Afropunk stands with Michael Brown and Eric Garner
BROOKLYN, New York – Moe Mitchell, the lead vocalist of hardcore band Cipher, usually captivates audiences with his signature yelling and head-banging antics, but last weekend his attire stole the show. He wore a black t-shirt that read: “DON’T SHOOT.”
Mitchell was among several artists and festival-goers who expressed solidarity with Michael Brown, Eric Garner, and other alleged victims of police brutality at the 10th annual Afropunk Fest at Berry Commodore Park on Aug. 23 and Aug. 24.
Born out of Michael Spooner and Matthew Morgan’s 2003 documentary, Afropunk (which chronicled the black misfits who loved punk but felt like outsiders within a predominately white crowd), the festival has become a symbol of unconventional and multicultural identities in New York.
The festival draws an eclectic crowd of over 60,000 artistic and politically inclined people. It’s a space where queer youth vogue with pride, hipster adults rock out with their young children, and like-minded music junkies come together to express their funkiest style. But despite the upbeat vibe of Afropunk, concert-goers and artists, mostly men and women of color, couldn’t ignore the loss of Brown and Garner, as they are all too familiar with racial profiling and police misconduct.
“As a person that has been a black man for 48 years in America it is obviously distressing but unfortunately not news,” said Binky Griptite, guitarist of Sharon Jones & The Dap Kings.
“It’s good that these cases have gotten so much attention because there are people that might not be aware that this type of brutality is really routine,” he added.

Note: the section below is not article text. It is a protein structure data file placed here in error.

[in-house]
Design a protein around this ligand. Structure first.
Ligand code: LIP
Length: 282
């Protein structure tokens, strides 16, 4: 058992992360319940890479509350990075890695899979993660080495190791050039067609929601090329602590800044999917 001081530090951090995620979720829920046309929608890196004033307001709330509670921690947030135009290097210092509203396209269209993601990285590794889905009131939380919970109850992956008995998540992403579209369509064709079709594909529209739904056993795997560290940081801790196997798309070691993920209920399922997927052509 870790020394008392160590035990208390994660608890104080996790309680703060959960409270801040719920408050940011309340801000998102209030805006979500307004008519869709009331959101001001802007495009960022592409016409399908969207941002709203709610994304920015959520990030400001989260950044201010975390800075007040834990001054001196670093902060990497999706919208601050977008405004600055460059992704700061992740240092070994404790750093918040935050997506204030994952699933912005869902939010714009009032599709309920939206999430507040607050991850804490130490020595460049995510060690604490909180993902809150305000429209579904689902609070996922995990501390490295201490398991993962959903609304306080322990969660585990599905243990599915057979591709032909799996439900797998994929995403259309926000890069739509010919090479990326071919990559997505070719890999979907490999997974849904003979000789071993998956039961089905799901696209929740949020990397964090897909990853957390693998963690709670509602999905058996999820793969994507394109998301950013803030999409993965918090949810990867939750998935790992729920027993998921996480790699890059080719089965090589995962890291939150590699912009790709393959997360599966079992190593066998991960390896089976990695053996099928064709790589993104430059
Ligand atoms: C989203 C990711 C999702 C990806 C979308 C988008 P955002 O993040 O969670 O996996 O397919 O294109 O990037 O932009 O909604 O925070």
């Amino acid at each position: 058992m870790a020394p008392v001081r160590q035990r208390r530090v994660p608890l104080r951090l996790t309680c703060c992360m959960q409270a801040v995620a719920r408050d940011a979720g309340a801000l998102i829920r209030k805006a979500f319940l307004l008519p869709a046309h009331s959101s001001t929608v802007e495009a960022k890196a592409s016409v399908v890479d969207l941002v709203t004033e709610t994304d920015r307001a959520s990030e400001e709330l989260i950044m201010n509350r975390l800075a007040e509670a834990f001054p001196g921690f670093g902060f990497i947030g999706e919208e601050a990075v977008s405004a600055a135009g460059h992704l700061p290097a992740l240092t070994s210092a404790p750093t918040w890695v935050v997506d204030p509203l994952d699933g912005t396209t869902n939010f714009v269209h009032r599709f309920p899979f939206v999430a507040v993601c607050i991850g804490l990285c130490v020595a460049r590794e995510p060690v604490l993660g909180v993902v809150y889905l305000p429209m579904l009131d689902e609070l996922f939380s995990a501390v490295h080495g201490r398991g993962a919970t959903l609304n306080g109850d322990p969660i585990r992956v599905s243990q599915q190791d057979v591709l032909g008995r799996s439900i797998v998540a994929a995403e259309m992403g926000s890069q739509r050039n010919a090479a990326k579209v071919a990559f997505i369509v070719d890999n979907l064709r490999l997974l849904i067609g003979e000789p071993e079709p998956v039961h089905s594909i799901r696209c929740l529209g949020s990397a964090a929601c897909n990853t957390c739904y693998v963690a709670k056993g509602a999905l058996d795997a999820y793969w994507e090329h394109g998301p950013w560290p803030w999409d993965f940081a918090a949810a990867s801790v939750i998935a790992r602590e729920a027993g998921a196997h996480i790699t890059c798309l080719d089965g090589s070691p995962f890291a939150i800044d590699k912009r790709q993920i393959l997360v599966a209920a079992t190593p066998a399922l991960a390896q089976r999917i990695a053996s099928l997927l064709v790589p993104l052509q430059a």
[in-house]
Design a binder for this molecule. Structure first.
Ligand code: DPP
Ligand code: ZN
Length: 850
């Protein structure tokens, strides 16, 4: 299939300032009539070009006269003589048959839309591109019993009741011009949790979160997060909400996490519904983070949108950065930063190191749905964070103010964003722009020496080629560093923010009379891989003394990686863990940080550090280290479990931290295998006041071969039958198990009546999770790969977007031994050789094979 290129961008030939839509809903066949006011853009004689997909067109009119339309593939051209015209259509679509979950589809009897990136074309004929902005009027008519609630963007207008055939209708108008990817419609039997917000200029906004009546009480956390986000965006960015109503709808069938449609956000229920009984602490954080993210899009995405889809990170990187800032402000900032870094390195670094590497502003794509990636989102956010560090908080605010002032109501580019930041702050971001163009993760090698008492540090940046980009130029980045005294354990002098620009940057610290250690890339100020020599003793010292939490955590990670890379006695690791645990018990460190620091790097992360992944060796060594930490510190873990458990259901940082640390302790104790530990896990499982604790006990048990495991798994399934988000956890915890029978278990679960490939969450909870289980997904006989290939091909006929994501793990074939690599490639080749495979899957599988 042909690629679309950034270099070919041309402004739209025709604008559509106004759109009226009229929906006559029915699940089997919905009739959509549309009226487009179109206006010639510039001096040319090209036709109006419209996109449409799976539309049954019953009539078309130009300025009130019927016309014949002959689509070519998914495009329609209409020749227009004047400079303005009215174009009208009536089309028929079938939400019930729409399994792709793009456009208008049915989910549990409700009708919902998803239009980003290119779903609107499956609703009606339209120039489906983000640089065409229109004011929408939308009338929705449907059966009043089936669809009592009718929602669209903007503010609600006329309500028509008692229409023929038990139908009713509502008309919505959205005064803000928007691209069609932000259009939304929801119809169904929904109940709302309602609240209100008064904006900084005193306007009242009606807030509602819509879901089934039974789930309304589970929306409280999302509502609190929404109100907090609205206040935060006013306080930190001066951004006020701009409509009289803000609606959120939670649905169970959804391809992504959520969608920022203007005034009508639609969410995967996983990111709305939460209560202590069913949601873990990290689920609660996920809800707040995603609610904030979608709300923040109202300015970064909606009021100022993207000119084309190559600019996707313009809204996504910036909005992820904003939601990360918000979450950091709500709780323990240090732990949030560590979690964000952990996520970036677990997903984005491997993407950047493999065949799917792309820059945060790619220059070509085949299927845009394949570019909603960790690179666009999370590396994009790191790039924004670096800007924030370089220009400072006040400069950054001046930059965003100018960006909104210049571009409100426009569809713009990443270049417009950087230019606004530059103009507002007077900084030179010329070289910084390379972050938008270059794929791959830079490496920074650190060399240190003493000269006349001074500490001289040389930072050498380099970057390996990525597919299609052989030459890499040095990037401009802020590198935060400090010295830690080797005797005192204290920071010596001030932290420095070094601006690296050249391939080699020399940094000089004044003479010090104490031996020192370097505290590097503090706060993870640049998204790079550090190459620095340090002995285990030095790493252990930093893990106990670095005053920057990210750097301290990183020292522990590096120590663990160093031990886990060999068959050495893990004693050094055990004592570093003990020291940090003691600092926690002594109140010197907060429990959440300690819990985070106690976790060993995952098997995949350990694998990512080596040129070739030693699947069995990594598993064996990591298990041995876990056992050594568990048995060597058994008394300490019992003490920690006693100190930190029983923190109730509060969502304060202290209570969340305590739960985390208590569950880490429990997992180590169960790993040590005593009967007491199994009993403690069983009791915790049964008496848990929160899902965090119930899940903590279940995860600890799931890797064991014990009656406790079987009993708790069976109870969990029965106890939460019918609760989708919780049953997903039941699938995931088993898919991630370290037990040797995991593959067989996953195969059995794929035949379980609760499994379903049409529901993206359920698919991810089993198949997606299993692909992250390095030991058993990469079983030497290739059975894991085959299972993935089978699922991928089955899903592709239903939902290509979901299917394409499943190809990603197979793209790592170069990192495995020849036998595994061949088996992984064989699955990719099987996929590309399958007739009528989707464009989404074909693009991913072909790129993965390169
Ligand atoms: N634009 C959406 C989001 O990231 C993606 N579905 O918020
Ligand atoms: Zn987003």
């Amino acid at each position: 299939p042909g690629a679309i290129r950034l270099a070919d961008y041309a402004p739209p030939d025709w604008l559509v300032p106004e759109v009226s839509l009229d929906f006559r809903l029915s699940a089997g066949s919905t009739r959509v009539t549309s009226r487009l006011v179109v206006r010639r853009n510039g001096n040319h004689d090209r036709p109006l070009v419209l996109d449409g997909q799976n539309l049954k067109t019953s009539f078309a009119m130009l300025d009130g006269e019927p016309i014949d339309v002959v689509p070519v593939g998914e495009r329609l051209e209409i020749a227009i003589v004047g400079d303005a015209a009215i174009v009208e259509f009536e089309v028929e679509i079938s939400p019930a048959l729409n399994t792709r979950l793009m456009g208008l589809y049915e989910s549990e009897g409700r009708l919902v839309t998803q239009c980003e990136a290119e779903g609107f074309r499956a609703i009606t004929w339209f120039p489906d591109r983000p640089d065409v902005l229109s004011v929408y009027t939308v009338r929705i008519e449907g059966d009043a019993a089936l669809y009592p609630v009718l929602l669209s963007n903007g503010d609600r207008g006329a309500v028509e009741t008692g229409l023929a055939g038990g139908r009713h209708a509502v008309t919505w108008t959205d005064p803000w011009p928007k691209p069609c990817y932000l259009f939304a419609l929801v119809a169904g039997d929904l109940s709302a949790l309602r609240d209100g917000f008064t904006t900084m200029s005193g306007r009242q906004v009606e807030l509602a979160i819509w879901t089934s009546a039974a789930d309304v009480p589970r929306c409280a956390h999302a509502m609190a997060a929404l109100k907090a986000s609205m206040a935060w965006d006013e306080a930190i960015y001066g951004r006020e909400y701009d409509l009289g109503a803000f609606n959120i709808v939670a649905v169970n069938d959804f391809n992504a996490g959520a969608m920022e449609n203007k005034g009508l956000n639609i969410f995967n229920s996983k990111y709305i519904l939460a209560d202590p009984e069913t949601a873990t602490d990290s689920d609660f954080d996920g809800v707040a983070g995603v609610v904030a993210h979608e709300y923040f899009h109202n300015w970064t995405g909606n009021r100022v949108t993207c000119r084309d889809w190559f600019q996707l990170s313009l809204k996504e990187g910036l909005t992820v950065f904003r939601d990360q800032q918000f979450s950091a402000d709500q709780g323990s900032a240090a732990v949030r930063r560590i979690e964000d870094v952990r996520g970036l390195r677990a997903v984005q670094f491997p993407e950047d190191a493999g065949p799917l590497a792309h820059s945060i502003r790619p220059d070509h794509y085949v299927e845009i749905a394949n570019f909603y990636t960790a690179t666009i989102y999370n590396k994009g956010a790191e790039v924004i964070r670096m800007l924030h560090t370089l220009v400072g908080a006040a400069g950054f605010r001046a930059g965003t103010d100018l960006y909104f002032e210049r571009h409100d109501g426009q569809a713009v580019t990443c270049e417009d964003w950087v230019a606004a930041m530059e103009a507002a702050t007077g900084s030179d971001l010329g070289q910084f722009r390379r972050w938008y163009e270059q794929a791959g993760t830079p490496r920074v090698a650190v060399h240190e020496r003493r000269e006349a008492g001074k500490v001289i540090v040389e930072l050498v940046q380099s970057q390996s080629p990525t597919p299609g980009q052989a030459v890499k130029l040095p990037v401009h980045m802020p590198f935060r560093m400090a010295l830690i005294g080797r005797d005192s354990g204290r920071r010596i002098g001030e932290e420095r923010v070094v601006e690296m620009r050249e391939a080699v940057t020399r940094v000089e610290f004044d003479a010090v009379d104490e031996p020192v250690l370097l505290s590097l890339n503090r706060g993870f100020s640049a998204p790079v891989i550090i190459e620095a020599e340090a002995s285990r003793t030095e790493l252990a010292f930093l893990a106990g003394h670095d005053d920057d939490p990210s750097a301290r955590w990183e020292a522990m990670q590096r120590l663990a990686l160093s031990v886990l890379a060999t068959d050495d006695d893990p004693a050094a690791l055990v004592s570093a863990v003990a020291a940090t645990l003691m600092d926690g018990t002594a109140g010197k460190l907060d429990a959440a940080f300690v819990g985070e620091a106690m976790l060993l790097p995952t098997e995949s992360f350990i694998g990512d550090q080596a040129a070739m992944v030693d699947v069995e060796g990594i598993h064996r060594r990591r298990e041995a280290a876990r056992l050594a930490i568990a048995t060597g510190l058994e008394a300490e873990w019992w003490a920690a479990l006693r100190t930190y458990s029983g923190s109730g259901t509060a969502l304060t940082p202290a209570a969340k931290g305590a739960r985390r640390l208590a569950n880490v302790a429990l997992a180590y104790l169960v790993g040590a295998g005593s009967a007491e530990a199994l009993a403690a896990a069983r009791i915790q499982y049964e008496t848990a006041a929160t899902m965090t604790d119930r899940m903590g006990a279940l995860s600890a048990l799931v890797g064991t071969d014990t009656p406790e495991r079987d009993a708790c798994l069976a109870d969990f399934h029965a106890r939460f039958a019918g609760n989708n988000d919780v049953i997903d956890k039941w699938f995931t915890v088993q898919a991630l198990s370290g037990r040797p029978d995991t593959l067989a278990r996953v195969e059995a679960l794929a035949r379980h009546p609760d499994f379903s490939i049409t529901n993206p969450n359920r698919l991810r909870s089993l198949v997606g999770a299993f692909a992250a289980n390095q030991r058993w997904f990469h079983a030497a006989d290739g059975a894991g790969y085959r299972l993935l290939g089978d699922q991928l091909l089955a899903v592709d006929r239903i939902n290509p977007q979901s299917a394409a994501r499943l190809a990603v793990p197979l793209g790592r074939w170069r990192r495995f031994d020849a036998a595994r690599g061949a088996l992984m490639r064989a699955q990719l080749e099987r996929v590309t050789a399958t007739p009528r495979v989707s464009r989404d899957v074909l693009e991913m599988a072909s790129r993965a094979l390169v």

Ayinde Bennett, 31, a Director of College Counseling at Williamsburg Prep High School, attended the peaceful march in memory of Garner in Staten Island, before making his way to see experimental rap group Shabazz Palaces.
“Whenever you see all that many people together for an injustice that took place, I’m always motivated to be there,“ Bennett said. “As a young black man, I always pay attention when other black men or black women are unjustly killed, or just murdered. Period!”
While many Afropunkers like Bennett attended the protest before heading to listen to the likes of D’Angelo, Lianne La Havas, Bad Brains, Tamar-Kali, Trash Talk, among others, the two-day festival offered its own interactive social justice experience: Activism Row.
Professor Robin Hayes of Progressive Pupil and her team arranged booths where a spectator could learn about social justice organizations like Black Alliance for Just Immigration and Milk Not Jails. The main activity was a message board where people could make their voices heard about police brutality.
“Now what we’re seeing is ‘hands up don’t shoot,’ the whole hoodies up marches, and social media campaigns after Trayvon Martin’s unfortunate death, is that young people are interested in creating change,” Hayes said.
“We wanted to show that there are people who are working right now and need our support,” she added.
In it’s 10th year, Afropunk is as much a vessel for activism as it is a music festival.